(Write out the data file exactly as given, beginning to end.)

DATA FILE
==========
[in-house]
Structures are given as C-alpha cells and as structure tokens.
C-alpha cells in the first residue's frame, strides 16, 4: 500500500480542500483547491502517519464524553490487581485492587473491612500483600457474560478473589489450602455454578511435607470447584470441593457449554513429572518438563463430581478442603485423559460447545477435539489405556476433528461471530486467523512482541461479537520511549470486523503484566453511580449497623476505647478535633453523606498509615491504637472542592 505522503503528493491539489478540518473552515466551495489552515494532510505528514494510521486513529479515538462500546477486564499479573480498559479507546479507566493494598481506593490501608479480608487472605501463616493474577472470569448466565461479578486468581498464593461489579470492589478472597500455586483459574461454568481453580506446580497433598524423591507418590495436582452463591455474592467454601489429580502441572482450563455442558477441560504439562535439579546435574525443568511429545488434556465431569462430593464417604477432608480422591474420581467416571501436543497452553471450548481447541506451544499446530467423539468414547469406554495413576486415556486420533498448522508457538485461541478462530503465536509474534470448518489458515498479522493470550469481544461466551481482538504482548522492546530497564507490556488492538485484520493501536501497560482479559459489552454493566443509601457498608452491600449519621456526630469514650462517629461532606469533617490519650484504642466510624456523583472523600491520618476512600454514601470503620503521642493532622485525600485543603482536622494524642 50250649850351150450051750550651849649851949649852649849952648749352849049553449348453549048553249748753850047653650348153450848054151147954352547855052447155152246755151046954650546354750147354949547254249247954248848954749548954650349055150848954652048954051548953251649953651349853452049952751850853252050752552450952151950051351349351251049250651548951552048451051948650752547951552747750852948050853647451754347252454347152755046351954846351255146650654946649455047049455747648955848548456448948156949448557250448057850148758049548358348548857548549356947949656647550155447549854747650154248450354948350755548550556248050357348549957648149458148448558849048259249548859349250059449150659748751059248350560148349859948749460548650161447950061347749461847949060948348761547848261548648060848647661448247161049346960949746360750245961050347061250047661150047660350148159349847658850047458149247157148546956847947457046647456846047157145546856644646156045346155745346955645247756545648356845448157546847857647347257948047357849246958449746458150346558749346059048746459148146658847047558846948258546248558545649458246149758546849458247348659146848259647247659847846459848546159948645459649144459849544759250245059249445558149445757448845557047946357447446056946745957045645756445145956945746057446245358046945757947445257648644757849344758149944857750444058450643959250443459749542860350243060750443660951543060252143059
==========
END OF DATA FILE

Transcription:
[in-house]
Structures are given as C-alpha cells and as structure tokens.
C-alpha cells in the first residue's frame, strides 16, 4: 500500500480542500483547491502517519464524553490487581485492587473491612500483600457474560478473589489450602455454578511435607470447584470441593457449554513429572518438563463430581478442603485423559460447545477435539489405556476433528461471530486467523512482541461479537520511549470486523503484566453511580449497623476505647478535633453523606498509615491504637472542592 505522503503528493491539489478540518473552515466551495489552515494532510505528514494510521486513529479515538462500546477486564499479573480498559479507546479507566493494598481506593490501608479480608487472605501463616493474577472470569448466565461479578486468581498464593461489579470492589478472597500455586483459574461454568481453580506446580497433598524423591507418590495436582452463591455474592467454601489429580502441572482450563455442558477441560504439562535439579546435574525443568511429545488434556465431569462430593464417604477432608480422591474420581467416571501436543497452553471450548481447541506451544499446530467423539468414547469406554495413576486415556486420533498448522508457538485461541478462530503465536509474534470448518489458515498479522493470550469481544461466551481482538504482548522492546530497564507490556488492538485484520493501536501497560482479559459489552454493566443509601457498608452491600449519621456526630469514650462517629461532606469533617490519650484504642466510624456523583472523600491520618476512600454514601470503620503521642493532622485525600485543603482536622494524642 50250649850351150450051750550651849649851949649852649849952648749352849049553449348453549048553249748753850047653650348153450848054151147954352547855052447155152246755151046954650546354750147354949547254249247954248848954749548954650349055150848954652048954051548953251649953651349853452049952751850853252050752552450952151950051351349351251049250651548951552048451051948650752547951552747750852948050853647451754347252454347152755046351954846351255146650654946649455047049455747648955848548456448948156949448557250448057850148758049548358348548857548549356947949656647550155447549854747650154248450354948350755548550556248050357348549957648149458148448558849048259249548859349250059449150659748751059248350560148349859948749460548650161447950061347749461847949060948348761547848261548648060848647661448247161049346960949746360750245961050347061250047661150047660350148159349847658850047458149247157148546956847947457046647456846047157145546856644646156045346155745346955645247756545648356845448157546847857647347257948047357849246958449746458150346558749346059048746459148146658847047558846948258546248558545649458246149758546849458247348659146848259647247659847846459848546159948645459649144459849544759250245059249445558149445757448845557047946357447446056946745957045645756445145956945746057446245358046945757947445257648644757849344758149944857750444058450643959250443459749542860350243060750443660951543060252143059